7 Tips for Writing A Great Blog Pitch Email

Want to get published on someone else's site? This is how you get the ball rolling.

If you’re in content or digital marketing, you know the value of guest blogging. 

If you aren’t, or if you’re new to the space and need a primer, here are the basic benefits: Guest blogging helps you build your brand as a noteworthy and sought-after expert in your space. You can artfully include links back to your blog or website that create both “link juice” and referral traffic. And you build relationships with brands and outlets that could blossom into something more substantial down the road. 

Here’s where everyone might need a little help: Getting people to respond to your pitch emails and grant you a placement on their blog. 

As a writer who has crafted hundreds of pitch emails over the years, and an editor who has fielded thousands of pitches (some that worked, many that didn’t) from prospective writers, I can say with confidence that there are some factors that are consistent across great pitch emails. If you hit certain marks, you’re much more likely to get a reply. 

With that in mind, here are seven tips for writing a great pitch and getting the attention of an editor who can give you the chance to speak to their audience. 


Be straightforward in your subject line

In order to get someone to read your email, you need to write a compelling subject line. This is a battle that email marketers wage every week, and you can learn a bit from what works for them. 

For example, according to SendGrid, subject lines with just three words reportedly have the highest engagement rate. Hashtags and links in subject lines perform poorly. And while some buzzwords in a subject line are helpful, some come off as too salesy and impatient—”soon” does well, and “now” does not. 

A good rule of thumb is to get right to the point in your subject line, and don’t get overly creative in an attempt to grab attention. Do you want to write a post for this editor’s blog? Say so. Cutesy rhetorical questions, emoji, and other obfuscation will often get your email deleted.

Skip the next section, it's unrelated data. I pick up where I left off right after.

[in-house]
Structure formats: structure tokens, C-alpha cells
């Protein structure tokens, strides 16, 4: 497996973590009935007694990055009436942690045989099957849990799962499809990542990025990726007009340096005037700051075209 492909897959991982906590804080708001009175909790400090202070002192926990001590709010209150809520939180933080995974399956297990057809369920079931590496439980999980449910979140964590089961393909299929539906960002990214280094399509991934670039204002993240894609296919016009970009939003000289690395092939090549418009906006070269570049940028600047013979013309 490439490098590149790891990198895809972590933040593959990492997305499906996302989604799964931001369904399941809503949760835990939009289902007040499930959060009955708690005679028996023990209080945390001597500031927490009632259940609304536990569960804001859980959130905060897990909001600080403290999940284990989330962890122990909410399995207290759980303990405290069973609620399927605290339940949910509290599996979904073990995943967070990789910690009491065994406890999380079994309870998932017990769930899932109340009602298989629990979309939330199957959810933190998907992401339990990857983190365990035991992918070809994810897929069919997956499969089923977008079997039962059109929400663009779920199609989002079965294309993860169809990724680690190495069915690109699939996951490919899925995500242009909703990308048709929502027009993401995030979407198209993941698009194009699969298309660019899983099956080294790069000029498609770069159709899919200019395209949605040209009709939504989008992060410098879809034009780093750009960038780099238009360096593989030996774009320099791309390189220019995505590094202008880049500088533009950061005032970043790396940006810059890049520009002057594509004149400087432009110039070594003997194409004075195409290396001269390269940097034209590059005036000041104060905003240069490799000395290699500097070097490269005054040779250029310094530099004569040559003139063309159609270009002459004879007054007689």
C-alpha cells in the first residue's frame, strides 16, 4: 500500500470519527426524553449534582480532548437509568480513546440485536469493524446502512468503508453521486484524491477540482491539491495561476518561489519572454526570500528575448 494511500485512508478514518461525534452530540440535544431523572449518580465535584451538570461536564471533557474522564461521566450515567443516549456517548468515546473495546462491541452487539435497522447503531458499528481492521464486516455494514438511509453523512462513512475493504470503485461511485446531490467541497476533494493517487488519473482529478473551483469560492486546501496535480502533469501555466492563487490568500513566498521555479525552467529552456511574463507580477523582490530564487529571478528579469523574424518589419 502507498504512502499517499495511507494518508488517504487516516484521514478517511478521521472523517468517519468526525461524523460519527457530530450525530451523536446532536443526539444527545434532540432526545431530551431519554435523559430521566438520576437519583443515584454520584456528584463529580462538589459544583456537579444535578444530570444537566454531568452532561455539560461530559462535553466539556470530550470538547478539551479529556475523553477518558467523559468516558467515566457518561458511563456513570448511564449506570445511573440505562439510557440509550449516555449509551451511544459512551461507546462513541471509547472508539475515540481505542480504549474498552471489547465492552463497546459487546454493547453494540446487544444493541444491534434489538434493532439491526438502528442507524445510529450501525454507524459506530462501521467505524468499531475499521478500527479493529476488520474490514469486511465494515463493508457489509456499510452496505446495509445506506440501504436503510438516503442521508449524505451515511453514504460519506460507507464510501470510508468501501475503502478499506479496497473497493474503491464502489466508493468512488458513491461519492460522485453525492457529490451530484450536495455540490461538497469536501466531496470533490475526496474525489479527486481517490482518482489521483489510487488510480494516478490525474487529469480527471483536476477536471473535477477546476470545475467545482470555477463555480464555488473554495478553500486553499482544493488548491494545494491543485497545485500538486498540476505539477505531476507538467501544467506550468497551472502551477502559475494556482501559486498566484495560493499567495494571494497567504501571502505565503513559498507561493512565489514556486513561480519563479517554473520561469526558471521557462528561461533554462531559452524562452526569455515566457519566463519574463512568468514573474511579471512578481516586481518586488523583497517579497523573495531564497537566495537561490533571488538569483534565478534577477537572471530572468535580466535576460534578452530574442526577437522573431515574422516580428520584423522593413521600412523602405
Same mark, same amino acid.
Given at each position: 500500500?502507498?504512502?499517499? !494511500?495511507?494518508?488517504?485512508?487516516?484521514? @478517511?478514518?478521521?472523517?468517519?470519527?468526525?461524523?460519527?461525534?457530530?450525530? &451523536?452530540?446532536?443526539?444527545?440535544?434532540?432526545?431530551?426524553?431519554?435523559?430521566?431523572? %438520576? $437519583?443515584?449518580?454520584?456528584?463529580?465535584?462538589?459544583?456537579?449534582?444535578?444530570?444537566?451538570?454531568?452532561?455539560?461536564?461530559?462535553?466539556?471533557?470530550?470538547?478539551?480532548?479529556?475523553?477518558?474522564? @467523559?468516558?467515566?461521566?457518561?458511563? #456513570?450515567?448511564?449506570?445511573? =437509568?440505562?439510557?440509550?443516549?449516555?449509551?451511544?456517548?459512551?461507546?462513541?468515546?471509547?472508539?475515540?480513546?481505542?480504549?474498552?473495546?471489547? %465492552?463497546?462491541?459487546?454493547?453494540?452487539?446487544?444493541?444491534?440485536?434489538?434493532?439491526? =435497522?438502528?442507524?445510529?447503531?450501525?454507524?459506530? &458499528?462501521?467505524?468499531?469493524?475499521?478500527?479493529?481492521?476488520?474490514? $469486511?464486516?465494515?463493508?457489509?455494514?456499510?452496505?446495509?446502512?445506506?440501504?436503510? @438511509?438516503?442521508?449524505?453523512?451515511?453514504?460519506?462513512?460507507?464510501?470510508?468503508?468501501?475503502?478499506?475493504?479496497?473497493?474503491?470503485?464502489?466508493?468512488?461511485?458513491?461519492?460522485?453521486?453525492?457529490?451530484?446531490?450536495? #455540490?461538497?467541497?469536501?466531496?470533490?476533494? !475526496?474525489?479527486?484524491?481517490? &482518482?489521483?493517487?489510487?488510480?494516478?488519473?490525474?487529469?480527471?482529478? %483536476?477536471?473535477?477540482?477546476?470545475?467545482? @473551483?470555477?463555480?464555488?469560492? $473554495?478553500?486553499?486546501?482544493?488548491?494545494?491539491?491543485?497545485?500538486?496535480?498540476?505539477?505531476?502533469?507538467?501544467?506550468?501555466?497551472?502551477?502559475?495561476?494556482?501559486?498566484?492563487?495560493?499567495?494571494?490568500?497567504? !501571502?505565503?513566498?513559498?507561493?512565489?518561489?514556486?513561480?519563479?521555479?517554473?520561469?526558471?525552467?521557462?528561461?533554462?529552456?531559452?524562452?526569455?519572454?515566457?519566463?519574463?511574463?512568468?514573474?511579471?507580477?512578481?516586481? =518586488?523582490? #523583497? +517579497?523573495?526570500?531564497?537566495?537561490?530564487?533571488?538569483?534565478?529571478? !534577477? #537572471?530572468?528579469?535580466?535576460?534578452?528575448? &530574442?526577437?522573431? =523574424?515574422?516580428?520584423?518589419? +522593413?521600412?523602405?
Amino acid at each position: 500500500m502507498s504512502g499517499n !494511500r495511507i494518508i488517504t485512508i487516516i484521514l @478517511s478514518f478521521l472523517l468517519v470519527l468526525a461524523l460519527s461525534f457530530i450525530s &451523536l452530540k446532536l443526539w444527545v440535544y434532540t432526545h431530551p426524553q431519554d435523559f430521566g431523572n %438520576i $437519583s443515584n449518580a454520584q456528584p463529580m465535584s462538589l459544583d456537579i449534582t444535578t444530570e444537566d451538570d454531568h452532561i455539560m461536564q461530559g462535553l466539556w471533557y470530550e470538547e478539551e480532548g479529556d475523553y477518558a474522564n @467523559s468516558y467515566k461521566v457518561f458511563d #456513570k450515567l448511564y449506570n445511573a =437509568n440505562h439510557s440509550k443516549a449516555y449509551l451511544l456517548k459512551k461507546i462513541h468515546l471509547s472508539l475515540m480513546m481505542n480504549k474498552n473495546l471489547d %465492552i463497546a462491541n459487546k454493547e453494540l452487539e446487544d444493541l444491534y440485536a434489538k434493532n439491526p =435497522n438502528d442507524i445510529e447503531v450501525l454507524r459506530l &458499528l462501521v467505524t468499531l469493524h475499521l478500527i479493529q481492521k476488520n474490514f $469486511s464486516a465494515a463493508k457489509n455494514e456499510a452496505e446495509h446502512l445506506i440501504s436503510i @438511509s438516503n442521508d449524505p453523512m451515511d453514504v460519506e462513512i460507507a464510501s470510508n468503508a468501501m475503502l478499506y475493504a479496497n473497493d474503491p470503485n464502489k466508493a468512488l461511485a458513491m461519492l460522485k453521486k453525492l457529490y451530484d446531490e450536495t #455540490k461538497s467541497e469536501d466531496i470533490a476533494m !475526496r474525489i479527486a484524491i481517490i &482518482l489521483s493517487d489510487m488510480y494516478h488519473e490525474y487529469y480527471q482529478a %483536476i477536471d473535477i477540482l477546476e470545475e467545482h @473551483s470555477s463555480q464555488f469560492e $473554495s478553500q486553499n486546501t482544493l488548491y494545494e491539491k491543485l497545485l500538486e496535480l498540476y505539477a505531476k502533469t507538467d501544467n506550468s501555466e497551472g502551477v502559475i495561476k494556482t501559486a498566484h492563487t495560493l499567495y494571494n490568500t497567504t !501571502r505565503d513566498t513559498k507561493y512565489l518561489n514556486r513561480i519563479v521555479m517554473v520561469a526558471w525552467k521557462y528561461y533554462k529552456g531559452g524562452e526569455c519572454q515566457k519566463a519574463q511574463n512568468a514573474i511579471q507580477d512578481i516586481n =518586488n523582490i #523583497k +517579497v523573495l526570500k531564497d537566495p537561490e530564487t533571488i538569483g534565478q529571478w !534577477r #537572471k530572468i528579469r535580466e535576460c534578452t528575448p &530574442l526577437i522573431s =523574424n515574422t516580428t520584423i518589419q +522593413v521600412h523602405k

Get specific about how you found an outlet

The number one nonsensical line I see in pitch emails that is ostensibly a way to smooth over the awkwardness of the cold pitch is something like, “I found your website while browsing the web,” or, “I stumbled upon your blog while doing research.” 

First of all, if the first time you’re seeing my site was 15 minutes ago, how will I have any confidence that you understand my audience or content? 

Secondly, this makes it sound as though you found my blog by chance, rather than through concerted effort. Showing that you understand how to use Google to find what you want is, frankly, an underrated skill that you shouldn’t downplay. 

Tell me exactly how you found my website, and tell me why you think the content you have in mind will be a good fit. Coming up with some “excuse” for why you’re emailing me won’t fly. 


Personalize the email whenever possible

Personalization is one of the hottest trends in all of marketing, and your pitch email should be no exception. 

Email subject lines with personalization get more opens, and emails with personalization have higher transaction rates and generate more revenue, according to stats compiled by Campaign Monitor

For the most part, you won’t be able to collect the kind of information that marketers use to personalize and segment their communications. But there is some basic information you can include, such as the name of the person you’re trying to contact and an understanding of the content they create.